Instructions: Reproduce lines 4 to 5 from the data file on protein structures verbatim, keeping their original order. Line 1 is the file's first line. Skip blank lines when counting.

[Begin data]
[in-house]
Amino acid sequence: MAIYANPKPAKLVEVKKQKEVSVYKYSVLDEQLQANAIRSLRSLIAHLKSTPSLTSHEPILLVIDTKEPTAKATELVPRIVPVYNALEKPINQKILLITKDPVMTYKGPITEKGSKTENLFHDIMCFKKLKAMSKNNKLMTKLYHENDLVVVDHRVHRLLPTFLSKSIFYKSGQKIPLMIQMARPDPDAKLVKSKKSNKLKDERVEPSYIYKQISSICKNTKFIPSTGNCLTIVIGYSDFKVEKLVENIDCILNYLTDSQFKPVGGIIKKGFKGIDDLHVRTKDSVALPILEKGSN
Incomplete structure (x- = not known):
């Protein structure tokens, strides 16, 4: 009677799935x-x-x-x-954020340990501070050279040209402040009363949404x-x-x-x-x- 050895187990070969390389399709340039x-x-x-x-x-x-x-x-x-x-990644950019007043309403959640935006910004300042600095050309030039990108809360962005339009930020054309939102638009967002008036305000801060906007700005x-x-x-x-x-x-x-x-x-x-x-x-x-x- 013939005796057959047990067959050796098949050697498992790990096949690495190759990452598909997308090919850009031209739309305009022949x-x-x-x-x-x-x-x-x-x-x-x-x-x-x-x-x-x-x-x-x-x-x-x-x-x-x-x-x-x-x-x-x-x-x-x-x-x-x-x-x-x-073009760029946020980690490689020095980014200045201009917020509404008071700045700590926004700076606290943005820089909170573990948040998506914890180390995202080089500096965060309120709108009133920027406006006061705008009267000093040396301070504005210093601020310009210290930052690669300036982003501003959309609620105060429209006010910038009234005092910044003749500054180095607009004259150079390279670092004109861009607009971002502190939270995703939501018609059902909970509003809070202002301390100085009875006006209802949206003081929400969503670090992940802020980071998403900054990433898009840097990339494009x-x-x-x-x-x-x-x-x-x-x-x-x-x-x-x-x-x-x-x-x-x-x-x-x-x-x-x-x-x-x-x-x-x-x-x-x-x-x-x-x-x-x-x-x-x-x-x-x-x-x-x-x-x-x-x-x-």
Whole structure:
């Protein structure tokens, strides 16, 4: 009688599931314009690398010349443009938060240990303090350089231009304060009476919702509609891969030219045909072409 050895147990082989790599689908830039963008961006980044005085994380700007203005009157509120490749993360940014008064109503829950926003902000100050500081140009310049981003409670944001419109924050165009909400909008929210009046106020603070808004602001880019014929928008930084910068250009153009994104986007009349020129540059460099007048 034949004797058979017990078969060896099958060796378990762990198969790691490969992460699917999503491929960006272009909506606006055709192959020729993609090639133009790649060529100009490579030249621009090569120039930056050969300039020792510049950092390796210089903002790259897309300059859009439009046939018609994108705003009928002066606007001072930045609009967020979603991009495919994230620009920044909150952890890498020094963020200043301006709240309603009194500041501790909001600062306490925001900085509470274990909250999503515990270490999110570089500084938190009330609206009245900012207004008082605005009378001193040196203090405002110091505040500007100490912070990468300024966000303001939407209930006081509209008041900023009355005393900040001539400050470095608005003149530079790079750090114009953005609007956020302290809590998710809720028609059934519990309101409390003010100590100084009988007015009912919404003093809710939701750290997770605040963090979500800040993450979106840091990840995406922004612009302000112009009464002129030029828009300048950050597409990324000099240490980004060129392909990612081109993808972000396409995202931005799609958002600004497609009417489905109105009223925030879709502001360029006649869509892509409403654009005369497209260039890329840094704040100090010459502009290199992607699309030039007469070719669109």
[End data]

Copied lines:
């Protein structure tokens, strides 16, 4: 009677799935x-x-x-x-954020340990501070050279040209402040009363949404x-x-x-x-x- 050895187990070969390389399709340039x-x-x-x-x-x-x-x-x-x-990644950019007043309403959640935006910004300042600095050309030039990108809360962005339009930020054309939102638009967002008036305000801060906007700005x-x-x-x-x-x-x-x-x-x-x-x-x-x- 013939005796057959047990067959050796098949050697498992790990096949690495190759990452598909997308090919850009031209739309305009022949x-x-x-x-x-x-x-x-x-x-x-x-x-x-x-x-x-x-x-x-x-x-x-x-x-x-x-x-x-x-x-x-x-x-x-x-x-x-x-x-x-x-073009760029946020980690490689020095980014200045201009917020509404008071700045700590926004700076606290943005820089909170573990948040998506914890180390995202080089500096965060309120709108009133920027406006006061705008009267000093040396301070504005210093601020310009210290930052690669300036982003501003959309609620105060429209006010910038009234005092910044003749500054180095607009004259150079390279670092004109861009607009971002502190939270995703939501018609059902909970509003809070202002301390100085009875006006209802949206003081929400969503670090992940802020980071998403900054990433898009840097990339494009x-x-x-x-x-x-x-x-x-x-x-x-x-x-x-x-x-x-x-x-x-x-x-x-x-x-x-x-x-x-x-x-x-x-x-x-x-x-x-x-x-x-x-x-x-x-x-x-x-x-x-x-x-x-x-x-x-």
Whole structure: